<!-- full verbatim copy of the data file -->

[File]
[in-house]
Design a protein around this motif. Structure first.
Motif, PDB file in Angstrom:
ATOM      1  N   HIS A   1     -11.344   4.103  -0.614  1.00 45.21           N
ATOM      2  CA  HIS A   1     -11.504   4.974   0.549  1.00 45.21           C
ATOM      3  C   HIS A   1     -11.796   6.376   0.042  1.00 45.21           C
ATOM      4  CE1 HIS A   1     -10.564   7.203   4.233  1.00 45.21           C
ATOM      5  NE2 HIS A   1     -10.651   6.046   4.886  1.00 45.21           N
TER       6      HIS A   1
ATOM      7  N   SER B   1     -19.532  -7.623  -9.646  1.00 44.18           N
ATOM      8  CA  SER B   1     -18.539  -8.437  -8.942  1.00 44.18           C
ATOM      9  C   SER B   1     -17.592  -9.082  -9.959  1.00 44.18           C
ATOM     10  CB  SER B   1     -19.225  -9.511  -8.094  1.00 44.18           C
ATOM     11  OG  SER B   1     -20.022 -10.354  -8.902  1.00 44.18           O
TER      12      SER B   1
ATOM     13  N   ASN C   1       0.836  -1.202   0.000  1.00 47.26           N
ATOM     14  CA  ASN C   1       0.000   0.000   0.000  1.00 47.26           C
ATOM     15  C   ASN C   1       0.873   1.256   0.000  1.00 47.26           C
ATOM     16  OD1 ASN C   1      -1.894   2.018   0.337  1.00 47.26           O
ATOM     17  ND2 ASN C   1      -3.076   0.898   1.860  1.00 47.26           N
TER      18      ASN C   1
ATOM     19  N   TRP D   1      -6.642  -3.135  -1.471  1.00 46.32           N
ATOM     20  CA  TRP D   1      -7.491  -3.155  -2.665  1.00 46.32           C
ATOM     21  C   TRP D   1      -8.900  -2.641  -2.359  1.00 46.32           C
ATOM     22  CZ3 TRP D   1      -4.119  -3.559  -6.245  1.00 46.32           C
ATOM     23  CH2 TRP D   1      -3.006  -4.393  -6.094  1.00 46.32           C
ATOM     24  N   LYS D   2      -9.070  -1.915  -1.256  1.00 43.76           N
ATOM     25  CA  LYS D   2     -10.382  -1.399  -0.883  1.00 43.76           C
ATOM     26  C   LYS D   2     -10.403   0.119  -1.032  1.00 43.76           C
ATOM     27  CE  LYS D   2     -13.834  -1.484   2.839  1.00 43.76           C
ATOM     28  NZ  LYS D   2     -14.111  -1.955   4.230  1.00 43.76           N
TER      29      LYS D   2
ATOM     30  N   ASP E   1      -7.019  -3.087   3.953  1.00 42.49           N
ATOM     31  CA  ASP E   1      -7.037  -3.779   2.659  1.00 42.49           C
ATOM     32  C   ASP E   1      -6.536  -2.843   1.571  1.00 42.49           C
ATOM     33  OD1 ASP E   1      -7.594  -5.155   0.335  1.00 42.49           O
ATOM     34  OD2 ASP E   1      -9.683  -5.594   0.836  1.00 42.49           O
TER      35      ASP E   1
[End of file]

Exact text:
[in-house]
Design a protein around this motif. Structure first.
Motif, PDB file in Angstrom:
ATOM      1  N   HIS A   1     -11.344   4.103  -0.614  1.00 45.21           N
ATOM      2  CA  HIS A   1     -11.504   4.974   0.549  1.00 45.21           C
ATOM      3  C   HIS A   1     -11.796   6.376   0.042  1.00 45.21           C
ATOM      4  CE1 HIS A   1     -10.564   7.203   4.233  1.00 45.21           C
ATOM      5  NE2 HIS A   1     -10.651   6.046   4.886  1.00 45.21           N
TER       6      HIS A   1
ATOM      7  N   SER B   1     -19.532  -7.623  -9.646  1.00 44.18           N
ATOM      8  CA  SER B   1     -18.539  -8.437  -8.942  1.00 44.18           C
ATOM      9  C   SER B   1     -17.592  -9.082  -9.959  1.00 44.18           C
ATOM     10  CB  SER B   1     -19.225  -9.511  -8.094  1.00 44.18           C
ATOM     11  OG  SER B   1     -20.022 -10.354  -8.902  1.00 44.18           O
TER      12      SER B   1
ATOM     13  N   ASN C   1       0.836  -1.202   0.000  1.00 47.26           N
ATOM     14  CA  ASN C   1       0.000   0.000   0.000  1.00 47.26           C
ATOM     15  C   ASN C   1       0.873   1.256   0.000  1.00 47.26           C
ATOM     16  OD1 ASN C   1      -1.894   2.018   0.337  1.00 47.26           O
ATOM     17  ND2 ASN C   1      -3.076   0.898   1.860  1.00 47.26           N
TER      18      ASN C   1
ATOM     19  N   TRP D   1      -6.642  -3.135  -1.471  1.00 46.32           N
ATOM     20  CA  TRP D   1      -7.491  -3.155  -2.665  1.00 46.32           C
ATOM     21  C   TRP D   1      -8.900  -2.641  -2.359  1.00 46.32           C
ATOM     22  CZ3 TRP D   1      -4.119  -3.559  -6.245  1.00 46.32           C
ATOM     23  CH2 TRP D   1      -3.006  -4.393  -6.094  1.00 46.32           C
ATOM     24  N   LYS D   2      -9.070  -1.915  -1.256  1.00 43.76           N
ATOM     25  CA  LYS D   2     -10.382  -1.399  -0.883  1.00 43.76           C
ATOM     26  C   LYS D   2     -10.403   0.119  -1.032  1.00 43.76           C
ATOM     27  CE  LYS D   2     -13.834  -1.484   2.839  1.00 43.76           C
ATOM     28  NZ  LYS D   2     -14.111  -1.955   4.230  1.00 43.76           N
TER      29      LYS D   2
ATOM     30  N   ASP E   1      -7.019  -3.087   3.953  1.00 42.49           N
ATOM     31  CA  ASP E   1      -7.037  -3.779   2.659  1.00 42.49           C
ATOM     32  C   ASP E   1      -6.536  -2.843   1.571  1.00 42.49           C
ATOM     33  OD1 ASP E   1      -7.594  -5.155   0.335  1.00 42.49           O
ATOM     34  OD2 ASP E   1      -9.683  -5.594   0.836  1.00 42.49           O
TER      35      ASP E   1